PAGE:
The fog of rumour flew thick as news of qawwali maestro Amjad Sabri’s death ran in tickers on the bottom of TV screens across the country. On the evening of June 22, speculation ran rife over why the acclaimed singer was gunned down near his residence in Liaquatabad. Many believed the incident defied logic and could not stand the scrutiny of reason. Even the core of truth beneath the coating of absurdity was enough to leave fans in a state of distress.
A day later, another dark cloud gathered on the horizon. Proponents of gun control in the US failed to win adequate support in the Senate to prohibit firearms sales to people who are being monitored for having links with militants. Over a matter of hours, the custodian of one of the greatest musical legacies fell victim to his assailant’s gun but the world managed to do little to curb the use of weapons. This goes to show that while we have decided to mourn those who die in gun battles, the piercing sound of bullets does not affect us in the same way.
As the cycle of neglect persists, the gunshots have intensified and the human cost of tragedy remains forever etched in our hearts and minds. Gun violence in Pakistan has raged with frightening frequency. All that remains are dates that serve as chilling reminders of the failure to reduce gun control. On April 24, 2015, T2F Director Sabeen Mahmud was shot dead by two men on motorcycles. Similarly, May 7, 2016 marks the fated day when activist and digital media campaigner Khurram Zaki fell prey to his perpetrator’s gun. March 13, 2013 represents another dark chapter in the country’s history as it is the death anniversary of social activist Perween Rahman.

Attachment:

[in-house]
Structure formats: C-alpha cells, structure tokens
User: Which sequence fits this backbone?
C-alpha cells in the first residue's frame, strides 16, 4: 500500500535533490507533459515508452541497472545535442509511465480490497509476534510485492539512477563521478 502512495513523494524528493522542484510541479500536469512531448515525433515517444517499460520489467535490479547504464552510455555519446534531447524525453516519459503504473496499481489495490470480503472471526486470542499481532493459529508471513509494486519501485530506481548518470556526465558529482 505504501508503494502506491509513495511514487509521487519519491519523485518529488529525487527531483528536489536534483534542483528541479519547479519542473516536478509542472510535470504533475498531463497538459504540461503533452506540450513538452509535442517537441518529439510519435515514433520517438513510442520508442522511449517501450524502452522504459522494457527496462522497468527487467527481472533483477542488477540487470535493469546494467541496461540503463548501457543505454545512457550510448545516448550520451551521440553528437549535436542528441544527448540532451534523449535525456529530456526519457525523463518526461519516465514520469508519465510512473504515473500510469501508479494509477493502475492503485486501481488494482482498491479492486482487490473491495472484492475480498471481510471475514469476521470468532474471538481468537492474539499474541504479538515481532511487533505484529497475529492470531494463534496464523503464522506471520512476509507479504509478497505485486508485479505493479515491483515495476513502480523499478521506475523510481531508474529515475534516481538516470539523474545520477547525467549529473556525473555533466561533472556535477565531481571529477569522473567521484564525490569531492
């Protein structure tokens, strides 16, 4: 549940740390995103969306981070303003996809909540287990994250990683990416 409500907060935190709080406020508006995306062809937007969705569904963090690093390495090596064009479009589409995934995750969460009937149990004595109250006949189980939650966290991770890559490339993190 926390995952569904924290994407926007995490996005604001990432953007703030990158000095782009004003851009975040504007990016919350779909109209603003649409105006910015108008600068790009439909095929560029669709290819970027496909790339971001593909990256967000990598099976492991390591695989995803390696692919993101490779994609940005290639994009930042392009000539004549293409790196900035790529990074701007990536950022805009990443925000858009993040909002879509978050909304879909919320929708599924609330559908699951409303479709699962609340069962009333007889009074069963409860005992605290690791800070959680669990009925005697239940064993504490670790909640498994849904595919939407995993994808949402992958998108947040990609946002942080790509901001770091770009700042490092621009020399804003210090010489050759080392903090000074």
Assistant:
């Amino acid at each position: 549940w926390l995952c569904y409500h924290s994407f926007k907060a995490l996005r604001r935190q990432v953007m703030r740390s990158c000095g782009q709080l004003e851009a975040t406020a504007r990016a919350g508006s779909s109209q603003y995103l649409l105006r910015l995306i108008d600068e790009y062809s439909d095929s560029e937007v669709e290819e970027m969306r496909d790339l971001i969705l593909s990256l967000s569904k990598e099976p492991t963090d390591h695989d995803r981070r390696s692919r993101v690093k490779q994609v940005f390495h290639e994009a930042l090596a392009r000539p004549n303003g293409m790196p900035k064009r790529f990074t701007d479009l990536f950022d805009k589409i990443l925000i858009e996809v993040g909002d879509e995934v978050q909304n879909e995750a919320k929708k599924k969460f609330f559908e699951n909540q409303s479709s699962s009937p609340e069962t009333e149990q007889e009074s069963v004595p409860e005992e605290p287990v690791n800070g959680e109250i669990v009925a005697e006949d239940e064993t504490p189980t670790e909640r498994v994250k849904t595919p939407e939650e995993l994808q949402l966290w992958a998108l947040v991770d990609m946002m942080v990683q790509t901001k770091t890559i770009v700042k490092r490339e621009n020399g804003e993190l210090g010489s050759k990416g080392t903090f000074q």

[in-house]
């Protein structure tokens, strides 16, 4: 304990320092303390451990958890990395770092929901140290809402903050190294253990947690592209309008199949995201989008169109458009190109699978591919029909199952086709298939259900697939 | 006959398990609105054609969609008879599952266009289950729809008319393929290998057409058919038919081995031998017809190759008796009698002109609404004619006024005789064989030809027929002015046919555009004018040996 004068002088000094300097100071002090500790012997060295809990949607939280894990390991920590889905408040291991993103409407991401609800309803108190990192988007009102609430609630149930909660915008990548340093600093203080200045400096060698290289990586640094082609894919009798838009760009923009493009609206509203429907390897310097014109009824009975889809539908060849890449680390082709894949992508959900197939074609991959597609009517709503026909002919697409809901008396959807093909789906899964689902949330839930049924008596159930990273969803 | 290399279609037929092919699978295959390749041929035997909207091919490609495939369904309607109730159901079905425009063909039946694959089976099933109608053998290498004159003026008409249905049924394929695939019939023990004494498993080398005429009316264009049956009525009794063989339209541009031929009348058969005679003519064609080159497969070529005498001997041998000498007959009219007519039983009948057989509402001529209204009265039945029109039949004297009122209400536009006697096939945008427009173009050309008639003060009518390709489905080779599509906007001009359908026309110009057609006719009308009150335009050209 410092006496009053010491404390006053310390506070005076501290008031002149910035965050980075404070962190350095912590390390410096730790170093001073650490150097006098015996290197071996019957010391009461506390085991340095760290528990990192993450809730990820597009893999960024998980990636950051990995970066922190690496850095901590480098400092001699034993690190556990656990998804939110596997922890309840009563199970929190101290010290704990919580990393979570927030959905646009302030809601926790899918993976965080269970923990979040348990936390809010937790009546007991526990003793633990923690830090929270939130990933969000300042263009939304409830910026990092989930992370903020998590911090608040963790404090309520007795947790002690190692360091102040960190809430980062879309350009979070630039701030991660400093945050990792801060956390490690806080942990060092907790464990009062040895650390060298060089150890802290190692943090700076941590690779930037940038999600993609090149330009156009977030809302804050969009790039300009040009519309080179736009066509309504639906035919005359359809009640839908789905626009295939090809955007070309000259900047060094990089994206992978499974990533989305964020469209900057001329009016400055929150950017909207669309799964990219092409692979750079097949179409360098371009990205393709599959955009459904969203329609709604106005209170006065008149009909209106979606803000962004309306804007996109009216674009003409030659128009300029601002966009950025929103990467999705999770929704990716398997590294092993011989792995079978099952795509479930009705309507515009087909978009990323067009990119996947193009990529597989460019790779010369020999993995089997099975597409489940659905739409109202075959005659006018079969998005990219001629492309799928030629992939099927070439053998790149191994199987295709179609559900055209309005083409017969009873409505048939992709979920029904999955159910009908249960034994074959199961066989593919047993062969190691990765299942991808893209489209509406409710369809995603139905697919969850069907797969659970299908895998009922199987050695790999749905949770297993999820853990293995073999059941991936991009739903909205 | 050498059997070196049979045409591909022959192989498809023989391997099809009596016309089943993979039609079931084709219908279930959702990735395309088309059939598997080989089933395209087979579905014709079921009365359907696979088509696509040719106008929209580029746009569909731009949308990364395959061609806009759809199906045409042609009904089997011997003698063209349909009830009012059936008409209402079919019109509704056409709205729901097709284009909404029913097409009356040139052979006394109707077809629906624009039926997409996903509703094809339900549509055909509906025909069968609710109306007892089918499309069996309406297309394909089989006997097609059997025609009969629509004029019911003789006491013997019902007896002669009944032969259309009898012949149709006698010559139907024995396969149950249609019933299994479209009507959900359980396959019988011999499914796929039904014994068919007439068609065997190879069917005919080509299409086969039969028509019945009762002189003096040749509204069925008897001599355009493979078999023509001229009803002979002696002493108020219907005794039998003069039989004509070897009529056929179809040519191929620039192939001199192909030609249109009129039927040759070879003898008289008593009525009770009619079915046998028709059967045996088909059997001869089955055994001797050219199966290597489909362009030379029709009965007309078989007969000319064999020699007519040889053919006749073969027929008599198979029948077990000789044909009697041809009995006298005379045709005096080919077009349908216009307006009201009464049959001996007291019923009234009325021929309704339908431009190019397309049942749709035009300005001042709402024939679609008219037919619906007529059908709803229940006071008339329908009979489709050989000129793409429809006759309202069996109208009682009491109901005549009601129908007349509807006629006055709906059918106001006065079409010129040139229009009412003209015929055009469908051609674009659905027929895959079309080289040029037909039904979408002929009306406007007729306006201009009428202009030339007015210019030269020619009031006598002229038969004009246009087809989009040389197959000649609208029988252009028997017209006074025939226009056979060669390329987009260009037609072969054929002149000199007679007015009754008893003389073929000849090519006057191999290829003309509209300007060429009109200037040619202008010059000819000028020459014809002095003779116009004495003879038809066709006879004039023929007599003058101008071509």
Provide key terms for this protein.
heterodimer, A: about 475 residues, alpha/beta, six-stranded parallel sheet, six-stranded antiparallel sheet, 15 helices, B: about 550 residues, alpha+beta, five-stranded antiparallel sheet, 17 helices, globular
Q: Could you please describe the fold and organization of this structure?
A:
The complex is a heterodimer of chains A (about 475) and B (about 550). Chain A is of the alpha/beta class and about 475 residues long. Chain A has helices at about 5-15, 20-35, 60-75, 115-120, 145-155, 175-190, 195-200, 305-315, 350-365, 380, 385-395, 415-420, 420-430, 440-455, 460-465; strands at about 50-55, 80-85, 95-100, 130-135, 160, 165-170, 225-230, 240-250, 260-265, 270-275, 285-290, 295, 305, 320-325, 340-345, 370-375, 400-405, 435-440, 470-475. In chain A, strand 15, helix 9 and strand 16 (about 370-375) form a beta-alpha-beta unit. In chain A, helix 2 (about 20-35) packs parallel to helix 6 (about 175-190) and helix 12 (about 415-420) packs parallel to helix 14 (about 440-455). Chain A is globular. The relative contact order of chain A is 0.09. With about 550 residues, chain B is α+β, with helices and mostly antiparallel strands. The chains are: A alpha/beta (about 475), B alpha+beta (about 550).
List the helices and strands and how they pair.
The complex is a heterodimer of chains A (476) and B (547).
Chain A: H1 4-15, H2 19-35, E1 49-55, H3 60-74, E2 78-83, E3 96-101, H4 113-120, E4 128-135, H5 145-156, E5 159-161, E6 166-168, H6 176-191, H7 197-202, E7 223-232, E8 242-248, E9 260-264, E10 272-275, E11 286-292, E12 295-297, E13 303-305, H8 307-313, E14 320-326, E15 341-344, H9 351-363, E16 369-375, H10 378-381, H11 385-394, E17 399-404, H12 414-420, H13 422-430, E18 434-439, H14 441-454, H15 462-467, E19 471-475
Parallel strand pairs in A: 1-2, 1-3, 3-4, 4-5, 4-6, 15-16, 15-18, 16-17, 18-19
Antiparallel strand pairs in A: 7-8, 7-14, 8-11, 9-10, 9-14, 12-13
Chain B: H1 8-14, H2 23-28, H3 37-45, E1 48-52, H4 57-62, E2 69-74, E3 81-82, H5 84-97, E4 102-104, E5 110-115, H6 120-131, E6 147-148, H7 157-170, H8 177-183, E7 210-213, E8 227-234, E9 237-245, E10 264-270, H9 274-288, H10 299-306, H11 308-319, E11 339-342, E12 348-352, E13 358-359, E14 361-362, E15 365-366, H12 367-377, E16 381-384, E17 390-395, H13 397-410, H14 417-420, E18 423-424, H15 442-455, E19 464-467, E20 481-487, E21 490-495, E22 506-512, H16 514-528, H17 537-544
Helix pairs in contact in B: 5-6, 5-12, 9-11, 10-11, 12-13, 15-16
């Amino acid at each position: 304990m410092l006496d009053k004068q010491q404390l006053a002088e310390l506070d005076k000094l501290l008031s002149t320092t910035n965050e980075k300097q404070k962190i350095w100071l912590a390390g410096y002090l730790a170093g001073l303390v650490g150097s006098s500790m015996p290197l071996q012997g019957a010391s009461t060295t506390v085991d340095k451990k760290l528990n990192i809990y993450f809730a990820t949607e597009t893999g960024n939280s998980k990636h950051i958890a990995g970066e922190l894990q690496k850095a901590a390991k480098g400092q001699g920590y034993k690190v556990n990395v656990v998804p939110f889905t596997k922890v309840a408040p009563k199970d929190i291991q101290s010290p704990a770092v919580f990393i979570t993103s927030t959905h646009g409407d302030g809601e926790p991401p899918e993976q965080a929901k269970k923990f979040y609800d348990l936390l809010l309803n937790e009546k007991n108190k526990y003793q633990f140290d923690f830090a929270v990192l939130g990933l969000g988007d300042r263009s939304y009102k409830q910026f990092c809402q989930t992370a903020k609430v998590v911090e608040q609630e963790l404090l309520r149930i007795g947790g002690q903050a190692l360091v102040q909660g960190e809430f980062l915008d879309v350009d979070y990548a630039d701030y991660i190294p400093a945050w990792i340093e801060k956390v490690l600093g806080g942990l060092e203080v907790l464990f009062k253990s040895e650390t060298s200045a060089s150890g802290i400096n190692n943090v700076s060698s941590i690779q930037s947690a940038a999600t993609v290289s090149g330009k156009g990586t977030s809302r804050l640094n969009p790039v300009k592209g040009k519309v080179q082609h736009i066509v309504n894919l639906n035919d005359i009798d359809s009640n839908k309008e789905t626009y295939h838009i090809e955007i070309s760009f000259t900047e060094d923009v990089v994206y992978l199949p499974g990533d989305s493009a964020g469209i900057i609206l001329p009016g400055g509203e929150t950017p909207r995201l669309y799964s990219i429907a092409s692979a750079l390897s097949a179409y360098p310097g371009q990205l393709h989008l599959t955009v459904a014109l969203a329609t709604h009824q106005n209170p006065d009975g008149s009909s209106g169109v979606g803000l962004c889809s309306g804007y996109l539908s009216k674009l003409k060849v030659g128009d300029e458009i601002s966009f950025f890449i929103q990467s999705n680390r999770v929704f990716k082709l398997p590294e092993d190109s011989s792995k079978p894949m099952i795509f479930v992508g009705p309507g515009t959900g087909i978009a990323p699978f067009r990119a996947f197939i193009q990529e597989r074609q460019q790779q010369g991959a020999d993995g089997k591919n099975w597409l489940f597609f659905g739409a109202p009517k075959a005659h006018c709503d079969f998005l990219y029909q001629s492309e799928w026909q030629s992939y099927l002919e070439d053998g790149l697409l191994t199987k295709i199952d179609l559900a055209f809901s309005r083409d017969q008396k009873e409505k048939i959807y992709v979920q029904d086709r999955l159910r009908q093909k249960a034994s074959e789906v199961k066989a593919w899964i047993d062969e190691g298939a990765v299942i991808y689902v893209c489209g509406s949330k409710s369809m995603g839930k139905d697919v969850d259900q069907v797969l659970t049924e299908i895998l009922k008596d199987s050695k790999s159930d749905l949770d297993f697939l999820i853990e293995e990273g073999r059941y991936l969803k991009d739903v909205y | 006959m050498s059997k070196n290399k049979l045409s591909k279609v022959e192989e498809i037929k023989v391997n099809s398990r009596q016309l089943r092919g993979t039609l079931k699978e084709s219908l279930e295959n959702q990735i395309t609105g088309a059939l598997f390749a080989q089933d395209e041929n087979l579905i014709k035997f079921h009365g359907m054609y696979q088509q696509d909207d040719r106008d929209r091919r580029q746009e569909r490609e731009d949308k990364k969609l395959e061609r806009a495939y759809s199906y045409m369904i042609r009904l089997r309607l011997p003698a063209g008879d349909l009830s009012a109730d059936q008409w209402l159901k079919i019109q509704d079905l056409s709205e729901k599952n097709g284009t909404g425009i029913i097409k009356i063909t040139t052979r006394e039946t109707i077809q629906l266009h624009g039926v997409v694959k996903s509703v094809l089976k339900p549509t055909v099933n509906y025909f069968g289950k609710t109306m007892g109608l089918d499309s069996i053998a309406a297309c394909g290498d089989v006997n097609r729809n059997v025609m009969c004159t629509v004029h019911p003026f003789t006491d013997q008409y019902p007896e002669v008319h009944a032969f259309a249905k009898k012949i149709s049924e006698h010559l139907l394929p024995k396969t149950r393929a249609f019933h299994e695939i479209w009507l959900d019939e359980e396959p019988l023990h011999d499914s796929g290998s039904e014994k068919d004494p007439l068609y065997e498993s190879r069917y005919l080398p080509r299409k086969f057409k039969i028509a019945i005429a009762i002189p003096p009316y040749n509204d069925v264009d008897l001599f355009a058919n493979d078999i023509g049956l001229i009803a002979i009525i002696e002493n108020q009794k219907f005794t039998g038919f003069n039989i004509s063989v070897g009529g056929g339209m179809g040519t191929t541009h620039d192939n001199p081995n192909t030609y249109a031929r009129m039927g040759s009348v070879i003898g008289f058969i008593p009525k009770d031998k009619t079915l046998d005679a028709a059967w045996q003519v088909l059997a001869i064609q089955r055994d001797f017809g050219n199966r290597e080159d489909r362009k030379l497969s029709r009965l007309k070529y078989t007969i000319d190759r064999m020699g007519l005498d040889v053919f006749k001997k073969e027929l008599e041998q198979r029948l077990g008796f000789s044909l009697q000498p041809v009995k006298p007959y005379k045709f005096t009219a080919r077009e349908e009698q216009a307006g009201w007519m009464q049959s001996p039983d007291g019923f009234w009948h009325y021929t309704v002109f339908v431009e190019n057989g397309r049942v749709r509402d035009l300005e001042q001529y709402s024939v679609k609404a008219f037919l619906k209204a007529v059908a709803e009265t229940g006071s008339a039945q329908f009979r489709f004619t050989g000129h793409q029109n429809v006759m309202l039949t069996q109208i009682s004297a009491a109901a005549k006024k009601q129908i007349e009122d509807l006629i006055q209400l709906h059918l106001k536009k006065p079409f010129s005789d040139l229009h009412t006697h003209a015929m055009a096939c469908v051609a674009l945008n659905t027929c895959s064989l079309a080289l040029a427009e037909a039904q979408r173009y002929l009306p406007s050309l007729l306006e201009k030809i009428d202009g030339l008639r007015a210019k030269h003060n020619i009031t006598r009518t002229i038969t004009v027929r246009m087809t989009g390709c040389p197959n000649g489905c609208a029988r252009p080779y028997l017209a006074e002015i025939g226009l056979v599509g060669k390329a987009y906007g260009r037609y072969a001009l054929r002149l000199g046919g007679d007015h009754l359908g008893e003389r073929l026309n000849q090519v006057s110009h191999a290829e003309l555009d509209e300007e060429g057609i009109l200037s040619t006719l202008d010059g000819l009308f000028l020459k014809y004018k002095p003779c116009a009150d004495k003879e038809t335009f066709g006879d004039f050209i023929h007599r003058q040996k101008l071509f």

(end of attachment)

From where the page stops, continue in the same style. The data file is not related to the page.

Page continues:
Sabri’s death has strengthened the case for introducing some semblance of gun control in the country. At a time when it has become commonplace to wield guns and pull them out on the smallest provocation, restrictions of this nature are likely to change mindsets and adjust the status quo. However, such changes will be difficult to implement as trading bullets in a gun-friendly country is neither difficult nor open to question. At this critical juncture, half of Pakistan’s population considers the possession and use of firearms as a constitutional right while the rest view the practice as a way of life. If the testimony of Western observers is anything to go by, we carry guns in the same way as Londoners carry umbrellas — to protect ourselves from an external threat. The idea seems bizarre and frightening, but little can be done as there is no thriving debate on controlling the use of firearms.
The private sale of guns is not forbidden in Pakistan and there are no restrictions on the possession of a shotgun. More often than not, the security guards we hire to protect our houses do not have firearm licences. Although there are designated spaces, such as schools, where guns cannot be used, circumstances have changed over time. The attack on Army Public School in Peshawar has compelled teachers to carry guns on school premises. This has resulted in some tragic mishaps where teachers have accidentally pulled the trigger and killed students. To cut a long story short, Sabri’s death has revived interest in the practically non-existent debate on gun control. The matter has remained topical for a long time, especially after the Orlando shooting. However, we as a nation, will continue to lose Sabris, Sabeens and Perweens until we find a way to include these debates in mainstream discourse.
Published in The Express Tribune, June 25th, 2016.